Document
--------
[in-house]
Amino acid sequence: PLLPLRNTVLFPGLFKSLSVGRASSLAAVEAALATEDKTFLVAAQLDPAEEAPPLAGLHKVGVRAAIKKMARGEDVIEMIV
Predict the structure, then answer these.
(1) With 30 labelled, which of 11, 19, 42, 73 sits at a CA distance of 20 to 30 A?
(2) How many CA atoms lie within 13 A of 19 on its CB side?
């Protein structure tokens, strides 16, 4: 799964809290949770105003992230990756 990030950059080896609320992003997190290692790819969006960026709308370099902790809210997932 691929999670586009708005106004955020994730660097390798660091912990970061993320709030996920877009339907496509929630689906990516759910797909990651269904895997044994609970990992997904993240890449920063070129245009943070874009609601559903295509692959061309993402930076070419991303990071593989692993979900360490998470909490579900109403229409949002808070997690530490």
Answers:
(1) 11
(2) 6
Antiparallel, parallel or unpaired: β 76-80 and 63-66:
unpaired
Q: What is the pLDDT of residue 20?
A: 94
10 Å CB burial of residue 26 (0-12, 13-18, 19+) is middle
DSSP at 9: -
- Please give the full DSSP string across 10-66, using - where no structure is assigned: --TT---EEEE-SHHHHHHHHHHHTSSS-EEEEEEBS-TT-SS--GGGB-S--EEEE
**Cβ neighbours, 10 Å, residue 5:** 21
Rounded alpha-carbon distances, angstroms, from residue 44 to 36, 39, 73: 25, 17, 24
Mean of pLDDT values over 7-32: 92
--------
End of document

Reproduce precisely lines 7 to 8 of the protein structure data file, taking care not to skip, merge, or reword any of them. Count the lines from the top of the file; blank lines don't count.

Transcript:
Answers:
(1) 11